This is an archived story; this page is not actively maintained. Some or all of the links within or related to this story may no longer work.
For the latest University of Minnesota news, visit Discover.
Daniel Mulrooney examines two-time cancer survivor Nichole Wilson. Mulrooney is studying the late-effects of chemotherapy and radiation therapy on people who have been treated for cancer as children.
Beyond the basics
Innovative program helps junior faculty break into the world of clinical research
By Mary Hoff
From eNews, October 25, 2007
For Daniel Mulrooney, an assistant professor of pediatric oncology at the University of Minnesota, it's the classic Catch-22. To do biomedical research, you need time, funding, and know-how. To get time, funding, and know-how... you need research experience.
Mulrooney spends much of his time at the University of Minnesota Children's Hospital, Fairview, caring for young patients who have cancer. He's also very interested in studying the "late effects"--those that show up after years or even decades--of chemotherapy and radiation therapy on children, and learning what he and others can do to minimize them. But when he applied for federal funding to conduct research on the topic, Mulrooney discovered he lacked the track record needed to land a major grant.
Then he heard about the University of Minnesota's Career Advancement Program for Clinical Research Scholars (CAPS). Part of a nationwide National Institutes of Health (NIH) initiative, CAPS was established in 2005 to help early-career faculty in the health sciences break into clinical research. Mulrooney applied to the University's program and was accepted as one of seven inaugural scholars. Under the guidance of a multidisciplinary team of mentors, he has since begun recruiting survivors of Hodgkin's lymphoma for a preliminary study of biomarkers of inflammation and vascular injury.
"I think CAPS is a terrific program," he says. "This is just what a junior faculty member needs to navigate the waters and learn what you otherwise wouldn't know how to achieve."
Boosting clinical researchClinical research has faced tough times in recent years. Traditionally, new treatments and cures emerge from a pipeline that extends from basic science (studying how living systems work) to translational research (studying how to apply new knowledge to human health) to clinical trials and, ultimately, patient care.
Basic scientists have been making great strides in understanding how molecules, cells, tissues, and organs function. But the translation of this new knowledge to new approaches to prevention, care, and cure has lagged. Although there are many reasons for this, two critically important ones are more competition for less federal money and the pressure on physician-researchers to produce revenue through patient care.
"Clinicians interested in doing research find themselves taking academic positions, and suddenly all of their time is taken up by clinical duties, system demands, and the need to generate income," says CAPS program director Russell Luepker. Without some type of support that allows them to reduce their clinical hours, Luepker says, even the most dedicated find it difficult to get the research experience they need to successfully compete for major grants.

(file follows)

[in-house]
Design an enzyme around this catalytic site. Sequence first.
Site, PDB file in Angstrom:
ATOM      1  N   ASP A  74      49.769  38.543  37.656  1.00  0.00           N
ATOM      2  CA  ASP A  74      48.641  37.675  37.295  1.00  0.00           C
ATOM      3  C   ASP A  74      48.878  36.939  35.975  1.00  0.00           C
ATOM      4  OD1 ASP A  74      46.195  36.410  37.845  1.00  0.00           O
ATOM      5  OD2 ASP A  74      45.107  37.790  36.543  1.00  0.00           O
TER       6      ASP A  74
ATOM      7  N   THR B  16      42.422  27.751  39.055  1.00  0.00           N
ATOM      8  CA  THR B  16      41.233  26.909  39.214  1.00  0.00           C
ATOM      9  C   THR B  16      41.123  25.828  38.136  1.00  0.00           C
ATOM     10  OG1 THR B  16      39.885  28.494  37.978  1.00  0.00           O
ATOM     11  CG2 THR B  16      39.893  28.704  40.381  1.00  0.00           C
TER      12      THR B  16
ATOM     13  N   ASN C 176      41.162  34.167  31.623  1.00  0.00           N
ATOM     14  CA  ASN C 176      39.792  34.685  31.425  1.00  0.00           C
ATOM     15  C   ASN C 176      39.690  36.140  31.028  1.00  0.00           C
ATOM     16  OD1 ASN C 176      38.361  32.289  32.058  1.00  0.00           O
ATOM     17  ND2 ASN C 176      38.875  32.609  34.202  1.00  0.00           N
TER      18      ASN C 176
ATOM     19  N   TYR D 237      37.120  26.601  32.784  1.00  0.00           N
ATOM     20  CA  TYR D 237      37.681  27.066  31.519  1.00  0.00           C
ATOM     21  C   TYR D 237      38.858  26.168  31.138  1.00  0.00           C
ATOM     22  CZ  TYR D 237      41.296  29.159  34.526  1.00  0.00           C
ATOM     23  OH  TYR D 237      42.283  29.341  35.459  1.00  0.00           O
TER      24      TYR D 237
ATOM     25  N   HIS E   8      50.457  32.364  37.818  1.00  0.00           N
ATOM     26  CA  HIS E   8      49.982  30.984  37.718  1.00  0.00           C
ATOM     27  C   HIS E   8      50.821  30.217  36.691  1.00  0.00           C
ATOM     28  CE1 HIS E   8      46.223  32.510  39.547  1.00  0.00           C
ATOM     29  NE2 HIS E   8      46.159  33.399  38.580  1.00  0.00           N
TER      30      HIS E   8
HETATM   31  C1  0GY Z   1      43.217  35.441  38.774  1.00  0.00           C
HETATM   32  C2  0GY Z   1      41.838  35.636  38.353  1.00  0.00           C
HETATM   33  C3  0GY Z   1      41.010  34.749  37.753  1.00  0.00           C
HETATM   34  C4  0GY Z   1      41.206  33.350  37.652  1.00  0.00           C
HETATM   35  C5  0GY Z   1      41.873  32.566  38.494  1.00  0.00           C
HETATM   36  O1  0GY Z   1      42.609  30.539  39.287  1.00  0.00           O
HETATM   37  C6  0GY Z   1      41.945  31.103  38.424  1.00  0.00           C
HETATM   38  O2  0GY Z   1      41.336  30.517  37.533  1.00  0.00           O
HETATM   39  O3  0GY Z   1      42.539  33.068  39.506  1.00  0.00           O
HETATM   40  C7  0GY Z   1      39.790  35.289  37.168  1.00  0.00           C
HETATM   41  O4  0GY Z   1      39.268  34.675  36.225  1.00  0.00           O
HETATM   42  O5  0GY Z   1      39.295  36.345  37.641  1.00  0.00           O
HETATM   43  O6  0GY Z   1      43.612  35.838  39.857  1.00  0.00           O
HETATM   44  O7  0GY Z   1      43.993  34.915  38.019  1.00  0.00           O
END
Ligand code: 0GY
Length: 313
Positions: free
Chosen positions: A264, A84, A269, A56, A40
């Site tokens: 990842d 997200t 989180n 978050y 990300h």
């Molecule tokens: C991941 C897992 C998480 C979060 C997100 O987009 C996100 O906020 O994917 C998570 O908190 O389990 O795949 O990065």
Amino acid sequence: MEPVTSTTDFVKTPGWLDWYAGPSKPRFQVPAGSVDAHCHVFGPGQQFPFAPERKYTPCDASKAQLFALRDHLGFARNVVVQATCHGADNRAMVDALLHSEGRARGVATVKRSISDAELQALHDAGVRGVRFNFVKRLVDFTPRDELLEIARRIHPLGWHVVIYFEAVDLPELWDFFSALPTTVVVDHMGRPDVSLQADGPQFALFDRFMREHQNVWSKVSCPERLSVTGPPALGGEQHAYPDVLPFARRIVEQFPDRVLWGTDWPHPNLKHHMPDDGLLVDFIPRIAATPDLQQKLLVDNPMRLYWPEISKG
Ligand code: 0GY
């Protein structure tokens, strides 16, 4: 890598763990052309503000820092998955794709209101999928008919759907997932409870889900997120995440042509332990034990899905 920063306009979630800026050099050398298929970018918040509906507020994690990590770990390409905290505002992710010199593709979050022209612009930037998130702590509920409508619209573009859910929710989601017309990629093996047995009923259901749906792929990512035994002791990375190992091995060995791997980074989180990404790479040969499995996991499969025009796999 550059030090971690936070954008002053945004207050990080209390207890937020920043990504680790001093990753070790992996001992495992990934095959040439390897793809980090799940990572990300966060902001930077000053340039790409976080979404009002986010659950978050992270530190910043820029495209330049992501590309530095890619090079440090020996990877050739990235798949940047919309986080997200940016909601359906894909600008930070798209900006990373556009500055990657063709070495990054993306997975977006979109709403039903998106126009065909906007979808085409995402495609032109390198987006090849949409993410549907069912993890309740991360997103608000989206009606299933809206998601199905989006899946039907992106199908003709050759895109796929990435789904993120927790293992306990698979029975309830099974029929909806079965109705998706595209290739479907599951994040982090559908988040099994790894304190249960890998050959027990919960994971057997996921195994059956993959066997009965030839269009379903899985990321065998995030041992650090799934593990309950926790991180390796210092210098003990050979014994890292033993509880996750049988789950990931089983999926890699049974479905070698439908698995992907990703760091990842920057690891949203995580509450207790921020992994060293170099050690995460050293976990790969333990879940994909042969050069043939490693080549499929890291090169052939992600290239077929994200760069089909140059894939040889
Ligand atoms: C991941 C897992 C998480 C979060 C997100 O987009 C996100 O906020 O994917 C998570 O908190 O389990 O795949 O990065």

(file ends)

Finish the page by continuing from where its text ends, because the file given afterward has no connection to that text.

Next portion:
CAPS offers three key types of support to clinical faculty launching their research careers in medicine, nursing, pharmacy, dentistry, and public health.
The first is funding. Scholars receive up to $25,000 in research support annually as well as travel money, graduate tuition, and textbook reimbursement. Even more valuable, CAPS supplies the dollars needed to cover 75 percent of its scholars' salaries for the three to five years it takes them to develop a research program solid enough to successfully compete for NIH grants and other support. That buys them "protected time"--a portion of their work week in which they are committed to doing research.
Kamakshi Lakshminarayan getting advice from Russell Luepker, one of her mentors in the CAPS program. She hopes her research will lead to better outcomes for stroke patients.
"Each [scholar] is doing a different project with a different team in a different department, yet they're all doing amazing things," says CAPS mentoring and evaluation director Carole Bland, assistant dean for faculty development and professor of family medicine and community health in the Medical School.
The second involves project management. In the past it was possible to learn the ropes by spending time in others' labs. But today's clinical science demands intensive training in everything from using sophisticated analytical technology to dealing with sensitive legal issues. The University's Office of Clinical Research, which works closely with CAPS, offers biweekly seminars on a variety of topics and periodically brings in distinguished visiting scholars who provide valuable insights and advice.
"How to write a grant, how to do a scientific presentation, how to work with industry... It's been so diverse, things I never would have thought of," Mulrooney says.
Multidisciplinary mentorship is the third component of the CAPS approach. Each CAPS scholar gathers a mentoring team of at least three people--two in fields directly related to his or her subject of study and the third, a biostatistician--which then works together to help guide the scholar.
"One of the roles of more senior faculty is the mentoring and development of more junior faculty--we're going to do that no matter what," says Joseph Neglia, interim head of pediatrics and Mulrooney's primary mentor. "But the CAPS program has allowed some additional resources for that."
To learn more about the CAPS program, visit the Academic Health Center.